Primary motor cortex disinhibition during motor skill learning

James P. Coxon, Nicola M. Peat, Winston D. Byblow

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32 Citations (Scopus)


Motor learning requires practice over a period of time and depends on brain plasticity, yet even for relatively simple movements, there are multiple practice strategies that can be used for skill acquisition. We investigated the role of intracortical inhibition in the primary motor cortex (M1) during motor skill learning. Event-related transcranial magnetic stimulation (TMS) was used to assess corticomotor excitability and inhibition thought to involve synaptic and extrasynaptic ?-aminobutyric acid (GABA). Short intracortical inhibition (SICI) was assessed using 1- and 2.5-ms interstimulus intervals (ISIs). Participants learned a novel, sequential pinch-grip task on a computer in either a repetitive or interleaved practice structure. Both practice structures showed equivalent levels of motor performance at the end of acquisition and at retention 1 wk later. There was a novel task-related modulation of 1-ms SICI. Repetitive practice elicited a greater reduction of 1- and 2.5-ms SICI, i.e., disinhibition, between rest and task acquisition, compared with interleaved practice. These novel findings support the use of a repetitive practice structure for motor learning because the associated effects within M1 have relevance for motor rehabilitation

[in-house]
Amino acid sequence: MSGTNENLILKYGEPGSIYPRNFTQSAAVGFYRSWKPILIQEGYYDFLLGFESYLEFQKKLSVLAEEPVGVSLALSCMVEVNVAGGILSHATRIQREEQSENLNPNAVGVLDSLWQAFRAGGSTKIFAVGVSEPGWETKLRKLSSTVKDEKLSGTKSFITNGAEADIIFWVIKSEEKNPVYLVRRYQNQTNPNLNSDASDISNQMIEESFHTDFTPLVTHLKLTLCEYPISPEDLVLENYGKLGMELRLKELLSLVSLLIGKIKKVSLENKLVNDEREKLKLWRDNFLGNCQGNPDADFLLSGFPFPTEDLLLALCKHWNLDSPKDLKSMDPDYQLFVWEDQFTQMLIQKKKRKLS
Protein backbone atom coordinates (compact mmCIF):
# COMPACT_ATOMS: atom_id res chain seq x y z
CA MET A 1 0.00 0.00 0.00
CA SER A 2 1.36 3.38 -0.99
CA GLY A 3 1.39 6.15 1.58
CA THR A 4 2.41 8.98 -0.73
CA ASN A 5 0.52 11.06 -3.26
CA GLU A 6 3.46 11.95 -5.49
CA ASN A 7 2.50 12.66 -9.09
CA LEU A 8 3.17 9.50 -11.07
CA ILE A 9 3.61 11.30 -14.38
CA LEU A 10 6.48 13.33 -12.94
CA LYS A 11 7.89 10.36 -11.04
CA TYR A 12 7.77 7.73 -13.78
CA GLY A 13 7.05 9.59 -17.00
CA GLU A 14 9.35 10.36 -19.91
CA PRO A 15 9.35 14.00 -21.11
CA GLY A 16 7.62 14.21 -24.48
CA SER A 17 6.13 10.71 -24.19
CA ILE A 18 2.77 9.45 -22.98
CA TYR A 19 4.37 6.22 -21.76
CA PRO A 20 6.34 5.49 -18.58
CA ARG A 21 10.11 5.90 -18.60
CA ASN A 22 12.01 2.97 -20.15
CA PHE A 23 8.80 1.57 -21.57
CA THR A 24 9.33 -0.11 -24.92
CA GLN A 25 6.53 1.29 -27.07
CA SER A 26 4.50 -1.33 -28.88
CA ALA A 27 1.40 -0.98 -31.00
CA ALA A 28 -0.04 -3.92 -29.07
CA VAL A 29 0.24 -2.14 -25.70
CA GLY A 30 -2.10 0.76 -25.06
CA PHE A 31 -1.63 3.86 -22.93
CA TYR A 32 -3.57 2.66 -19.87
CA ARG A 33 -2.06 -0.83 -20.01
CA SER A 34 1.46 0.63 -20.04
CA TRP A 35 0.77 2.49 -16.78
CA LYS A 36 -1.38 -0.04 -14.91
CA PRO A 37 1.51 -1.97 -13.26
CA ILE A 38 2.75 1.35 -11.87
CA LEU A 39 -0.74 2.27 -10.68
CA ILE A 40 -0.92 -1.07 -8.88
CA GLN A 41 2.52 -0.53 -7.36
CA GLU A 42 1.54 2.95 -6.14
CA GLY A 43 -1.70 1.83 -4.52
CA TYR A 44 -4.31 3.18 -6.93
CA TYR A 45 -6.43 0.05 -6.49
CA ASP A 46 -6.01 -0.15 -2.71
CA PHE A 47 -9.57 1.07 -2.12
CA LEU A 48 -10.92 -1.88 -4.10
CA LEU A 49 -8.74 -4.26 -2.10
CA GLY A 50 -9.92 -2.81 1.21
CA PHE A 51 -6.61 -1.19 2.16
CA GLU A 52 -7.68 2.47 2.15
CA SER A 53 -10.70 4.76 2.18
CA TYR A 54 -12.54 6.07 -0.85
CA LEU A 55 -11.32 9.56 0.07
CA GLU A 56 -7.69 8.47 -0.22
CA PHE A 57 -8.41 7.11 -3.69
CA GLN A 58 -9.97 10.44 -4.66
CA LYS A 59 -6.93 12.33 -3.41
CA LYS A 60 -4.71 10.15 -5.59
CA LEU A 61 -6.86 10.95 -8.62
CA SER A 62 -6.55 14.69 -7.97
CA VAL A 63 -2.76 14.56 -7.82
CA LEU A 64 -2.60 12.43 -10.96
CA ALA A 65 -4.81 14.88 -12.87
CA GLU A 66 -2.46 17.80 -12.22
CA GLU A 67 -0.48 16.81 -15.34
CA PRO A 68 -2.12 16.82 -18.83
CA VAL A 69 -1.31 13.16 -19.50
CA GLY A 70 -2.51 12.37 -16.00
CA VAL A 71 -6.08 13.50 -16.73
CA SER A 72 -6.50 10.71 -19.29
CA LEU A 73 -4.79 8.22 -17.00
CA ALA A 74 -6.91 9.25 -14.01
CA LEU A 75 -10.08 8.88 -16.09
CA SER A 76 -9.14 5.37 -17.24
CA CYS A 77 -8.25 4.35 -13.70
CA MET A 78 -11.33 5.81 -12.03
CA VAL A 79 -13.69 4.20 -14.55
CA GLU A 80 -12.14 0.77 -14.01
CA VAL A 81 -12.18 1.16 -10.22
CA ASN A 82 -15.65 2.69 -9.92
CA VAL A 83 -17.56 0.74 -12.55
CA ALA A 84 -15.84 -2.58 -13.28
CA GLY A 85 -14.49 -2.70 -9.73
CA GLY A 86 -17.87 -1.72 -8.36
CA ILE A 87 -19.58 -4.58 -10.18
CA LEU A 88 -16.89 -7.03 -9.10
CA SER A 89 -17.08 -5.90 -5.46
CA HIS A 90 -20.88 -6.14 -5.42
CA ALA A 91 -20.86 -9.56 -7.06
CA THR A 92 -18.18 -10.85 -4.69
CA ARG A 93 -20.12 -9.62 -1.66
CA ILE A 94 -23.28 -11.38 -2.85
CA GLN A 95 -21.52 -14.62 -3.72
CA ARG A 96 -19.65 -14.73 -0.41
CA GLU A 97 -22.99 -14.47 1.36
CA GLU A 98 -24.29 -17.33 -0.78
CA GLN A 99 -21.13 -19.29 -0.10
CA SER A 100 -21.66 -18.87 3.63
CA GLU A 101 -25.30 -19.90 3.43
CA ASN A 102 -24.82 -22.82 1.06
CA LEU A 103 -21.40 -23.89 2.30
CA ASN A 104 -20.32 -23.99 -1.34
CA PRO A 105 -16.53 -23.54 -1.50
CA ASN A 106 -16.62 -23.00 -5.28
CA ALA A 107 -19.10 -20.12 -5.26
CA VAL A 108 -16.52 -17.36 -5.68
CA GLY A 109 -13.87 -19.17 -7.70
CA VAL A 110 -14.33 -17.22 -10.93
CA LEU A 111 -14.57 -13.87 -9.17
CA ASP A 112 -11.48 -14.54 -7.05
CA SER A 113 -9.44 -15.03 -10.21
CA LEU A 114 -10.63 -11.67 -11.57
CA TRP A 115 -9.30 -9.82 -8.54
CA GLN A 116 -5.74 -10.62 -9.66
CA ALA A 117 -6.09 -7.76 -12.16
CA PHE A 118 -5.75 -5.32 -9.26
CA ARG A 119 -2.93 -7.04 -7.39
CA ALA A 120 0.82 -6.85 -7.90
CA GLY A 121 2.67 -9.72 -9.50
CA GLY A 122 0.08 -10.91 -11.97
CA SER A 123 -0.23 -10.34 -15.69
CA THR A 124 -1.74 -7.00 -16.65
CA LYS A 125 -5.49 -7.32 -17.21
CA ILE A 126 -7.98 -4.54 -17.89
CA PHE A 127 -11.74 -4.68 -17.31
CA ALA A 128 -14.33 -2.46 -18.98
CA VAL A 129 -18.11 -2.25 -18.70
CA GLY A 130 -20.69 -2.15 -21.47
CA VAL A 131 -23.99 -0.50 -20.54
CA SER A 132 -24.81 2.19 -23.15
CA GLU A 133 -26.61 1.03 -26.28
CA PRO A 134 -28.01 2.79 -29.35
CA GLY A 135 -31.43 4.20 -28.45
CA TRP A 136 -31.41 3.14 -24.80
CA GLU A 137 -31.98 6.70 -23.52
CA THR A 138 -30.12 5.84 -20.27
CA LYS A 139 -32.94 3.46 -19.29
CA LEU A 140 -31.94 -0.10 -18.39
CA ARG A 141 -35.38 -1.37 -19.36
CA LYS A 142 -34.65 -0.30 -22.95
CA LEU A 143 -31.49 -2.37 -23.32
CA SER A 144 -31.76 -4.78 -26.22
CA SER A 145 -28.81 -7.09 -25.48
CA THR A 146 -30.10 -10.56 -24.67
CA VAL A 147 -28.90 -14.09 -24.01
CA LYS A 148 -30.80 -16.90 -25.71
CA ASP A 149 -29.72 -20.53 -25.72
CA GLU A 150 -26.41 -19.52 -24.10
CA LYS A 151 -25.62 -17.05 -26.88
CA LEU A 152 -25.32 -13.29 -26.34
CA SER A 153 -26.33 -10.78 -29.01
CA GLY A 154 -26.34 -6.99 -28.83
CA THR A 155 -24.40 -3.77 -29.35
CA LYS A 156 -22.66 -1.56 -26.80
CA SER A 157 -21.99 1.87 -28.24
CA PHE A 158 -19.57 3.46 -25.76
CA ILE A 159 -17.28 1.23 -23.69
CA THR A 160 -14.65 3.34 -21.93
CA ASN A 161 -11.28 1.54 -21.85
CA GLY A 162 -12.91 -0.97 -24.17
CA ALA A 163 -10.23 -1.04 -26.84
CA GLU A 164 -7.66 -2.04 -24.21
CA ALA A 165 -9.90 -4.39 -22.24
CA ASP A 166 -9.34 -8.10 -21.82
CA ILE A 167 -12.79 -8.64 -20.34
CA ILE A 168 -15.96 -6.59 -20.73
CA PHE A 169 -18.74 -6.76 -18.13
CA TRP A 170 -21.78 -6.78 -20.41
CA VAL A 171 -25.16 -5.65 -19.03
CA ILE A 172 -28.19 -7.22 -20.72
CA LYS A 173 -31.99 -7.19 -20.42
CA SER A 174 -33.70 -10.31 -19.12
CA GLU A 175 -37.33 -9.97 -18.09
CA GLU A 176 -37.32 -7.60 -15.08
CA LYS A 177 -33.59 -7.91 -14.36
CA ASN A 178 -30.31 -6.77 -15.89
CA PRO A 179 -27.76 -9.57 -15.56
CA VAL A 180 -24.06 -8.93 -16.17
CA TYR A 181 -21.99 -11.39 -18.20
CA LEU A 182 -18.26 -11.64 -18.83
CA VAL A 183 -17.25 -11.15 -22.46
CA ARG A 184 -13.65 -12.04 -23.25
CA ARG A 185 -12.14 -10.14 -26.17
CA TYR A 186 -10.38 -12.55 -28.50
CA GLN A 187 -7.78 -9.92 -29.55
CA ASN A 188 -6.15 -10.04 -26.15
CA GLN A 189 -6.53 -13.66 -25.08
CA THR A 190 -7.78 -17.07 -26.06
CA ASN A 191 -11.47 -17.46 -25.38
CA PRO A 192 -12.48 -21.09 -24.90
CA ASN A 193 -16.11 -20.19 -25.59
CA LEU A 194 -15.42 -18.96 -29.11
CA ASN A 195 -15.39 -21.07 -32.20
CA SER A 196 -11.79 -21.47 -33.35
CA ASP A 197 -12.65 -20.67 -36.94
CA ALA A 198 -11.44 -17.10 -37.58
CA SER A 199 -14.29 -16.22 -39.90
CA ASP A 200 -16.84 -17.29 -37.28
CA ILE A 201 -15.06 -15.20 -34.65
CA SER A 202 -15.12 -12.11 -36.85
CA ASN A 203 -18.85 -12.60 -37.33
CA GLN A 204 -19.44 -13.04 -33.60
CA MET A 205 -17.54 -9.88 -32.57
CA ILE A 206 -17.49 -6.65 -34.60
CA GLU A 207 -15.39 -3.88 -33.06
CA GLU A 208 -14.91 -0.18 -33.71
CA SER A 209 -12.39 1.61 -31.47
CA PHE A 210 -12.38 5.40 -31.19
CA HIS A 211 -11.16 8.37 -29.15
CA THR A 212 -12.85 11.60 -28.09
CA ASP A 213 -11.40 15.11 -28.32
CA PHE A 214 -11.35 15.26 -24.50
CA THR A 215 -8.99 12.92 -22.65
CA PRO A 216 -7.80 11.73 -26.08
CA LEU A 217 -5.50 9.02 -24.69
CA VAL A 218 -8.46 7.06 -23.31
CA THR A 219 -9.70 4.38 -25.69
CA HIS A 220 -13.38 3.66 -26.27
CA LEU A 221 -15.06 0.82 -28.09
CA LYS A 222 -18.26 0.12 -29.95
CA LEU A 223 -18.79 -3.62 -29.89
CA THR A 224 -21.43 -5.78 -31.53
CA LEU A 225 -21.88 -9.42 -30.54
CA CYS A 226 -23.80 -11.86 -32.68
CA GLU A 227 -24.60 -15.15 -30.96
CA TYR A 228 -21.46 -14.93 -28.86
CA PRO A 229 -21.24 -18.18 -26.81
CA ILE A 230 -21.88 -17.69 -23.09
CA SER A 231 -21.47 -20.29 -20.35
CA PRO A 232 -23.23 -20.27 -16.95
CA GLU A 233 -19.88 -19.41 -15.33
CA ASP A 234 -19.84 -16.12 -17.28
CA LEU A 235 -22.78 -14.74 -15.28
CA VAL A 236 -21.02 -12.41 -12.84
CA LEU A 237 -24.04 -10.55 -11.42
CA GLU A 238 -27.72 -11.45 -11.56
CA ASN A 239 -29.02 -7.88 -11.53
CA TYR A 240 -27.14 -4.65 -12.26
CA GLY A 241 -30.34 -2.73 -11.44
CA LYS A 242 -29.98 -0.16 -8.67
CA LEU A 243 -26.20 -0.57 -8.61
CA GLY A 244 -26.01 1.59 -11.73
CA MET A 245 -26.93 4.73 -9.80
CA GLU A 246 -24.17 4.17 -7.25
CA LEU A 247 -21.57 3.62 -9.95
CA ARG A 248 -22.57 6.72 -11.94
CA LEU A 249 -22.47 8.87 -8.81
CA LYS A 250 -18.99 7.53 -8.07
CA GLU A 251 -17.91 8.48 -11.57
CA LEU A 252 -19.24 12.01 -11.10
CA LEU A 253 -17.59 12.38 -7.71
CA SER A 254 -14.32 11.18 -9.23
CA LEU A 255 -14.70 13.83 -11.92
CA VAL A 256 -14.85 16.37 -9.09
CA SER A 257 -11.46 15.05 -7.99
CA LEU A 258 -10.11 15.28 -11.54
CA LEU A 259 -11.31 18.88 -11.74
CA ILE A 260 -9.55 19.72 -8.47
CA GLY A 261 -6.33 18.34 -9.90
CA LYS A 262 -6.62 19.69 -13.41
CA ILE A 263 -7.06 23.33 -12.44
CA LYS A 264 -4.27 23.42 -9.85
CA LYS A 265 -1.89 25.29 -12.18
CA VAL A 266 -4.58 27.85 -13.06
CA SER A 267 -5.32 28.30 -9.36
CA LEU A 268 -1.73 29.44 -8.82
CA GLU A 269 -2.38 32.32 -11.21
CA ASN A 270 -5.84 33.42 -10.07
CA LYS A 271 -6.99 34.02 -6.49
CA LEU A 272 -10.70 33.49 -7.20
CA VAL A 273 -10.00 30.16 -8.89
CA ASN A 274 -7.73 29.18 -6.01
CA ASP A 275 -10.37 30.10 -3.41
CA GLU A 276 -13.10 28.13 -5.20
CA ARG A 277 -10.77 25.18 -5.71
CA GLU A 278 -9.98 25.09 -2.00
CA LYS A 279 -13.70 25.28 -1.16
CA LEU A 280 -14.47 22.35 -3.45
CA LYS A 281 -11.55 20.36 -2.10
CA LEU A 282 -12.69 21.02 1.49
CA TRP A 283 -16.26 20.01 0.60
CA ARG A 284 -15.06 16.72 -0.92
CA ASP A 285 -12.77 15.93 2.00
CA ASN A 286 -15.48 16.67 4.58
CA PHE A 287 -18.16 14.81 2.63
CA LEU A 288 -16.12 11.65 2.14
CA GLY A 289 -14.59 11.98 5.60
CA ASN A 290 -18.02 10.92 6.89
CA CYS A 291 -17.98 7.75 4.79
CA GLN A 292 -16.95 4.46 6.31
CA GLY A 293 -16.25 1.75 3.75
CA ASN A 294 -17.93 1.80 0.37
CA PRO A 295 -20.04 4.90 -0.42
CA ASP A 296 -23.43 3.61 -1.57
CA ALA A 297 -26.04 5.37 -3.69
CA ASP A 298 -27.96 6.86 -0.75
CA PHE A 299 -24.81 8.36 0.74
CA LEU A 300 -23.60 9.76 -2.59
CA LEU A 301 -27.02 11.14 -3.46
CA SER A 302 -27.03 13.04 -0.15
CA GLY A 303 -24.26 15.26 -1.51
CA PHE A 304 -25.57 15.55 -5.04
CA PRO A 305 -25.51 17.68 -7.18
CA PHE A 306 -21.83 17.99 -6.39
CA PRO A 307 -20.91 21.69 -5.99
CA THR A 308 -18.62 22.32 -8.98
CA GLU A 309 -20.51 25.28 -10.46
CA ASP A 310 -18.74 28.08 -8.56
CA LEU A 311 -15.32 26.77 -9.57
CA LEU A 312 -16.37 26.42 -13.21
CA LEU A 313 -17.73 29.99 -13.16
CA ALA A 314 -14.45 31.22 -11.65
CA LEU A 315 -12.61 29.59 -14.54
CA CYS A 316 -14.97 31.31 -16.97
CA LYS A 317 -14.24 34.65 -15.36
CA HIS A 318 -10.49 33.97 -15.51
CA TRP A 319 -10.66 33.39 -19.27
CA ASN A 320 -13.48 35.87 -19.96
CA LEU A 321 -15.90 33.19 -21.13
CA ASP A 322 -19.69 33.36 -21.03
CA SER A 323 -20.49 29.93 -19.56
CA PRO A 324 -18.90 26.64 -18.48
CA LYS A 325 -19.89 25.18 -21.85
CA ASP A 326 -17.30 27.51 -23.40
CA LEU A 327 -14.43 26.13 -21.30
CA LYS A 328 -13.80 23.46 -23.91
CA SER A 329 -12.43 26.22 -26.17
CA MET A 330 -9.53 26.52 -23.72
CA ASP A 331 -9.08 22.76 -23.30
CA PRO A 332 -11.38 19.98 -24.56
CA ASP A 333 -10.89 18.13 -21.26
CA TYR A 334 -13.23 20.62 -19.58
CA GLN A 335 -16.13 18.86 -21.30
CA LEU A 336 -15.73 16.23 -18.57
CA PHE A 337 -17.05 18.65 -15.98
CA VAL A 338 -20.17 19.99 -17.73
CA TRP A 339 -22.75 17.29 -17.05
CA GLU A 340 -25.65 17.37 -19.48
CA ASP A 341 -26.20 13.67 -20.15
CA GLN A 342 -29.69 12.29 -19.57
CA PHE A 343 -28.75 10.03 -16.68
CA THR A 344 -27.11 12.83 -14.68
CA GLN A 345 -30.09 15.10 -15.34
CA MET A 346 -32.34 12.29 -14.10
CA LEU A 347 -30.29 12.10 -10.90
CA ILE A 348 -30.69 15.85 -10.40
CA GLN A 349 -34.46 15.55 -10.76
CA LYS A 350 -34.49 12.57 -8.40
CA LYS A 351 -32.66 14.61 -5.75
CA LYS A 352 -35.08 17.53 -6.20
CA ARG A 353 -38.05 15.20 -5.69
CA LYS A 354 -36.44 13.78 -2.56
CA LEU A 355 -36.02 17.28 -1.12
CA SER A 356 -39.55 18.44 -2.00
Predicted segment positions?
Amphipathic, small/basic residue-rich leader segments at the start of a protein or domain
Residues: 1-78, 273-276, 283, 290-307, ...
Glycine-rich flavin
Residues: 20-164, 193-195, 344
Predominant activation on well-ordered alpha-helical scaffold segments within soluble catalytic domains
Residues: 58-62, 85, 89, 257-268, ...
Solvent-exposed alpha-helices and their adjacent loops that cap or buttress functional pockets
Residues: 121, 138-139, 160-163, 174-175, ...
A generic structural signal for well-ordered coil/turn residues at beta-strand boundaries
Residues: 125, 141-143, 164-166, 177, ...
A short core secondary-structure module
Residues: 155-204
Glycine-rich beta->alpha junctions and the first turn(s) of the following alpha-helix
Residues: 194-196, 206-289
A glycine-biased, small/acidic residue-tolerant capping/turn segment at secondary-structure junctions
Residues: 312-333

Original languageEnglish
Pages (from-to)156-164
Number of pages9
JournalJournal of Neurophysiology
Issue number1
Publication statusPublished - Jul 2014
Externally publishedYes


  • motor skill learning
  • repetitive practice
  • intracortical inhibition
  • GABA
  • transcranial magnetic stimulation

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